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Tenant shares struggle after landlord issues strict notice about yard work: 'Has anyone else run into this?'

"Leaves feed the lawn; not kill it."

"Leaves feed the lawn; not kill it."

Photo Credit: iStock

One tenant was frustrated when their landlord pushed for a type of yard maintenance that isn't just unnecessary but also harmful to the environment.

"My husband and I are renting and we recently received a notice to ensure our lawn is free of leaves as they 'kill' the grass underneath … has anyone else run into this?" they explained in their post. "How to convince my landlord to not require leaf pickup?"

Raking up autumn leaves is a traditional part of lawn care, but it's not the best practice. While this Redditor's landlord was afraid they would hurt the lawn, they actually help. 

Leaves provide free food for plants, as well as insulation during the winter. All kinds of insects, including many beneficial pollinators and beautiful butterflies, use them as shelter until spring returns, which is why more and more people have joined the movement to Leave the Leaves.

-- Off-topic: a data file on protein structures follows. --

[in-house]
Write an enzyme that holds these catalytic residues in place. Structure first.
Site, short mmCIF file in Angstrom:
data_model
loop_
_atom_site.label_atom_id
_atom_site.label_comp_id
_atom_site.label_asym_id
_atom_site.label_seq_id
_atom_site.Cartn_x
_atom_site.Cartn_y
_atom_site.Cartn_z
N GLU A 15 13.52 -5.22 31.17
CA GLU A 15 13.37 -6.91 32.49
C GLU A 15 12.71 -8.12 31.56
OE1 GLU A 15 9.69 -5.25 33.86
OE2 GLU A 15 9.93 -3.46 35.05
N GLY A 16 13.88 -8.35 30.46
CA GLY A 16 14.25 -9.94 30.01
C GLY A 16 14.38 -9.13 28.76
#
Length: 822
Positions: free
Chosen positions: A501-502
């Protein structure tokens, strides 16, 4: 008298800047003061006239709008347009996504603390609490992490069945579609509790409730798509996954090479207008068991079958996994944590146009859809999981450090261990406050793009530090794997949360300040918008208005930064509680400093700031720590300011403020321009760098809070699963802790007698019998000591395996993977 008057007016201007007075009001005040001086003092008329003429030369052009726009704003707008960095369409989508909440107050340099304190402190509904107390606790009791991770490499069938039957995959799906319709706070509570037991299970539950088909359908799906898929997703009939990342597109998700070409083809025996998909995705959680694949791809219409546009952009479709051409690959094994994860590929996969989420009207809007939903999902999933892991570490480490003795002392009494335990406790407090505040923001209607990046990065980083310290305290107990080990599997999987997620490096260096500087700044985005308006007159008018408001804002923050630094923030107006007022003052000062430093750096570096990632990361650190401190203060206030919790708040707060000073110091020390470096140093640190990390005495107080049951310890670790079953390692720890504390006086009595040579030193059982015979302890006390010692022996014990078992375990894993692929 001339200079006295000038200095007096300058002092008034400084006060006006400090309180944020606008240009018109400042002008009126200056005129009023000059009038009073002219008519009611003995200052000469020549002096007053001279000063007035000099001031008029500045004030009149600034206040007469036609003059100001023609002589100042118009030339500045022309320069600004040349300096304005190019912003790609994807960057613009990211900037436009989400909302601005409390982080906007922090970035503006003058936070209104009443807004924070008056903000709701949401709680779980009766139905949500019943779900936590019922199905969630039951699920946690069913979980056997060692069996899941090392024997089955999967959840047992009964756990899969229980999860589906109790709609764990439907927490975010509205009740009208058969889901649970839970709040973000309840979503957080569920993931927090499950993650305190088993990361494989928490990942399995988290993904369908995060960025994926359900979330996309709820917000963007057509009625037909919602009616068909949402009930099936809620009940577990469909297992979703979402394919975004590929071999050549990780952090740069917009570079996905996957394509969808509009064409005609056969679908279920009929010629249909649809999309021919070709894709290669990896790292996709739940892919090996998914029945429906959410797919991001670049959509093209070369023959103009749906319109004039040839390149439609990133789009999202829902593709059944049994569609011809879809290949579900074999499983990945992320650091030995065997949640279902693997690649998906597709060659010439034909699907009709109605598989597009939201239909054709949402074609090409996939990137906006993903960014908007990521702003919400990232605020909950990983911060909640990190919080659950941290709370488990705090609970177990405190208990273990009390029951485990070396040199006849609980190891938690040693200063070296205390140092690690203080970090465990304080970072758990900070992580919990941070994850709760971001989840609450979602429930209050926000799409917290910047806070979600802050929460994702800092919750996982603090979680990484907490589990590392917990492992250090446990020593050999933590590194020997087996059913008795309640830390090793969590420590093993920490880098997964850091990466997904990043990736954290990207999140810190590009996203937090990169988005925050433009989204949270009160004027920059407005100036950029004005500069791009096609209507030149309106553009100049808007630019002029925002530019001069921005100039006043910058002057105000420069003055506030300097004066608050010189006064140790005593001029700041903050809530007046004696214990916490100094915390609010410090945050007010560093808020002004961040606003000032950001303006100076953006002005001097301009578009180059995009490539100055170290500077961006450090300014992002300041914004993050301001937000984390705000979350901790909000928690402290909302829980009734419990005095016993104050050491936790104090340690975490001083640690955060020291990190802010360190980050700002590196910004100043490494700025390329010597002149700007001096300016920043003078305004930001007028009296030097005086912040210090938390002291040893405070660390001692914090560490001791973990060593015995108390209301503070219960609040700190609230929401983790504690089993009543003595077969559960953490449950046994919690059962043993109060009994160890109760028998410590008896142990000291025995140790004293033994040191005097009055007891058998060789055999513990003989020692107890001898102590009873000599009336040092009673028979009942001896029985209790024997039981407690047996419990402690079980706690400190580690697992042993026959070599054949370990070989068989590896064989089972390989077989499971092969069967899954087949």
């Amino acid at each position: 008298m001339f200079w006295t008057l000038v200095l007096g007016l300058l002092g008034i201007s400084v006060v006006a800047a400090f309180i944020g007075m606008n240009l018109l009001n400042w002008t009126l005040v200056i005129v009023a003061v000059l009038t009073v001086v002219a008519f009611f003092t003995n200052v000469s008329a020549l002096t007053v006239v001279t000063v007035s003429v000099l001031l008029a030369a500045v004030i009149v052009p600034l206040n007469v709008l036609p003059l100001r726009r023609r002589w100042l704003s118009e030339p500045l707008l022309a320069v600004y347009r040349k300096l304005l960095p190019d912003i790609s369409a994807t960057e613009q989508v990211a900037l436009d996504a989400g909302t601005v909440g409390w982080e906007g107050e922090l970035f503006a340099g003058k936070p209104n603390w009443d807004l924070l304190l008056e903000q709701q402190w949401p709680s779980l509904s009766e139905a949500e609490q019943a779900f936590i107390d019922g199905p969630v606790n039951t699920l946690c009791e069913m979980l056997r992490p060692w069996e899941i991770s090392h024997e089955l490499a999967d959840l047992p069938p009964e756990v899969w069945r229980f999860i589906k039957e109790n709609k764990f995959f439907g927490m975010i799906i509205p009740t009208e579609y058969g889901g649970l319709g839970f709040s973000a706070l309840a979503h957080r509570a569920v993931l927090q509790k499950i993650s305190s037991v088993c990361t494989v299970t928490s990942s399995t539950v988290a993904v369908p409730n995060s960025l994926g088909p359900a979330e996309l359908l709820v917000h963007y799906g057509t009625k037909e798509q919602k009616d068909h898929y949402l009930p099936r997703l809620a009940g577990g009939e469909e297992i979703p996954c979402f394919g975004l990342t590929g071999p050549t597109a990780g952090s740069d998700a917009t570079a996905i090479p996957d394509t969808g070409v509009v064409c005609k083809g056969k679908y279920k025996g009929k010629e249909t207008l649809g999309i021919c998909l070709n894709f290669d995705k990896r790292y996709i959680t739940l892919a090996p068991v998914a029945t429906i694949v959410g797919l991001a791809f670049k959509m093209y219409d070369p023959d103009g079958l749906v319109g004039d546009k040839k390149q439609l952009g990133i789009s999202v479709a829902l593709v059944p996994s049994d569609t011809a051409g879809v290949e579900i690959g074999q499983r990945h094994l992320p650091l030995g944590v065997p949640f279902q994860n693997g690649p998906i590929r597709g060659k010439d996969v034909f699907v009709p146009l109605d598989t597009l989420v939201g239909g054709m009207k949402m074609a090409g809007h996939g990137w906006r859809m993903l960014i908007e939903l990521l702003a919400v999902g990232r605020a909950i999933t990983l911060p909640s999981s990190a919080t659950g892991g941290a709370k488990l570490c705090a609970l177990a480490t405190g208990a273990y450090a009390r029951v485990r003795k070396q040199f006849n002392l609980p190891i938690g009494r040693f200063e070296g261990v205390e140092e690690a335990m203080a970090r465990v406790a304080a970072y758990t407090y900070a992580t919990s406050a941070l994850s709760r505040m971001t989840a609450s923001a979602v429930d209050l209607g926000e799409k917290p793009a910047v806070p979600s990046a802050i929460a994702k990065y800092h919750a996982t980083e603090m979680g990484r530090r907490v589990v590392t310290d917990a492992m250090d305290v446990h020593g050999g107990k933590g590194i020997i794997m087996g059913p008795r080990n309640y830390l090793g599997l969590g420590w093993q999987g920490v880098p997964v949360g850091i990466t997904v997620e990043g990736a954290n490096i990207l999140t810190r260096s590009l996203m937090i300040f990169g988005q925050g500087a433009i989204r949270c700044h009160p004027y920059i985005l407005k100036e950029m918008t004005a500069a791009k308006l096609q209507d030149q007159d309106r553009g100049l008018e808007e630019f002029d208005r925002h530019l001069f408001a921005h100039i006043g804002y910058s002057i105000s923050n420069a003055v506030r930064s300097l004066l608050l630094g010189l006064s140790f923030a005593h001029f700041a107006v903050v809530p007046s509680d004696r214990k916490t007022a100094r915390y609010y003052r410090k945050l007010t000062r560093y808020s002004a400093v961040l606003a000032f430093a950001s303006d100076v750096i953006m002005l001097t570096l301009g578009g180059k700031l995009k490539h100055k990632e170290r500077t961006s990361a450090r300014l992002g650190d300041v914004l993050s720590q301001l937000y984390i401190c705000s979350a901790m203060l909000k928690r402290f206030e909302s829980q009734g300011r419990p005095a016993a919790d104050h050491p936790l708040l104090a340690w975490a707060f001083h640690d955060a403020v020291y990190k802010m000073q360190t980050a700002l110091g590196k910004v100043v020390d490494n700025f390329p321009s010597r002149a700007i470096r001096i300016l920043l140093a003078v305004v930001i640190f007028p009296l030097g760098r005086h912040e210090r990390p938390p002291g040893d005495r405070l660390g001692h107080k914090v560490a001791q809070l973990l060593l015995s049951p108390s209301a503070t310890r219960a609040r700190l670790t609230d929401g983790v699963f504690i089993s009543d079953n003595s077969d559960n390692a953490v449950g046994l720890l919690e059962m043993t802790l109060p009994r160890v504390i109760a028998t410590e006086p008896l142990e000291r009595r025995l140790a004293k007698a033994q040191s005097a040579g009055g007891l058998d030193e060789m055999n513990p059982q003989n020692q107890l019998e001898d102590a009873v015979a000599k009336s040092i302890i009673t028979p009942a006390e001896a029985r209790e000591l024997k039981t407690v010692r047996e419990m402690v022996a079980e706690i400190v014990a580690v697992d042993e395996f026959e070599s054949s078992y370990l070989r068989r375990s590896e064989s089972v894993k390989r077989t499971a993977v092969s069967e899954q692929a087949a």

Plus, skipping raking or leaf blowing saves residents a ton of time, and it is cheaper for those who would normally hire a yard service to do the job.

Nevertheless, many landlords and HOAs require leaf removal, like this landlord who tried to withhold part of their tenant's security deposit for leaves in the garden during the winter. Often, they're worried about the property's appearance or just consider raking to be part of normal maintenance. This is sadly part of a broader pattern in which many landlords and HOAs block money-saving and eco-friendly practices.

One option is to reach out to the landlord or HOA and request a rule change. HOAs in particular have procedures for making these kinds of changes, especially if you can get community support.

Commenters also recommended some workarounds for this resident.

"Got mulching blades for your mower? Leaves feed the lawn; not kill it," said one user.

While it was only a partial solution — reducing labor and feeding the lawn, but not protecting the bugs inside the leaf layer — it was still an improvement, and the original poster liked the idea. "We hire folks to mow our lawn; maybe we'll just have them mulch it up!" they said.

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